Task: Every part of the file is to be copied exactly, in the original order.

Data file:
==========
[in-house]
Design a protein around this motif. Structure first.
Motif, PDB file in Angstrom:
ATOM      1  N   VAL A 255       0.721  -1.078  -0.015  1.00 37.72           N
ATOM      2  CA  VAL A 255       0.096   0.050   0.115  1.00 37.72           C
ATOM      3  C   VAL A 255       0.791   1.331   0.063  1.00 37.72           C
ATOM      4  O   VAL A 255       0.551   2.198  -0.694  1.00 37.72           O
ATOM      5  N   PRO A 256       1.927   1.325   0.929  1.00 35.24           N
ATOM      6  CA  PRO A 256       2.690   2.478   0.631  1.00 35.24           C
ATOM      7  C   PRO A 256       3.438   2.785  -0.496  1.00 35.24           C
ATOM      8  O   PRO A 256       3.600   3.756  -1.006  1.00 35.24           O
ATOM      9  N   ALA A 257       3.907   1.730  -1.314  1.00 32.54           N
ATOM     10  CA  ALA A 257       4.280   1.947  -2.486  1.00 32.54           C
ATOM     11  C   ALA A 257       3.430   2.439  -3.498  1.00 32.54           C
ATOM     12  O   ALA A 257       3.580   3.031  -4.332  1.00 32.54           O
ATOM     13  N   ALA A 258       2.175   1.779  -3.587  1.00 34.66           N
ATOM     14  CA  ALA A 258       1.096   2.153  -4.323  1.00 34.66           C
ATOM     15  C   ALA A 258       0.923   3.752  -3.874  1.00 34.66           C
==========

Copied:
[in-house]
Design a protein around this motif. Structure first.
Motif, PDB file in Angstrom:
ATOM      1  N   VAL A 255       0.721  -1.078  -0.015  1.00 37.72           N
ATOM      2  CA  VAL A 255       0.096   0.050   0.115  1.00 37.72           C
ATOM      3  C   VAL A 255       0.791   1.331   0.063  1.00 37.72           C
ATOM      4  O   VAL A 255       0.551   2.198  -0.694  1.00 37.72           O
ATOM      5  N   PRO A 256       1.927   1.325   0.929  1.00 35.24           N
ATOM      6  CA  PRO A 256       2.690   2.478   0.631  1.00 35.24           C
ATOM      7  C   PRO A 256       3.438   2.785  -0.496  1.00 35.24           C
ATOM      8  O   PRO A 256       3.600   3.756  -1.006  1.00 35.24           O
ATOM      9  N   ALA A 257       3.907   1.730  -1.314  1.00 32.54           N
ATOM     10  CA  ALA A 257       4.280   1.947  -2.486  1.00 32.54           C
ATOM     11  C   ALA A 257       3.430   2.439  -3.498  1.00 32.54           C
ATOM     12  O   ALA A 257       3.580   3.031  -4.332  1.00 32.54           O
ATOM     13  N   ALA A 258       2.175   1.779  -3.587  1.00 34.66           N
ATOM     14  CA  ALA A 258       1.096   2.153  -4.323  1.00 34.66           C
ATOM     15  C   ALA A 258       0.923   3.752  -3.874  1.00 34.66           C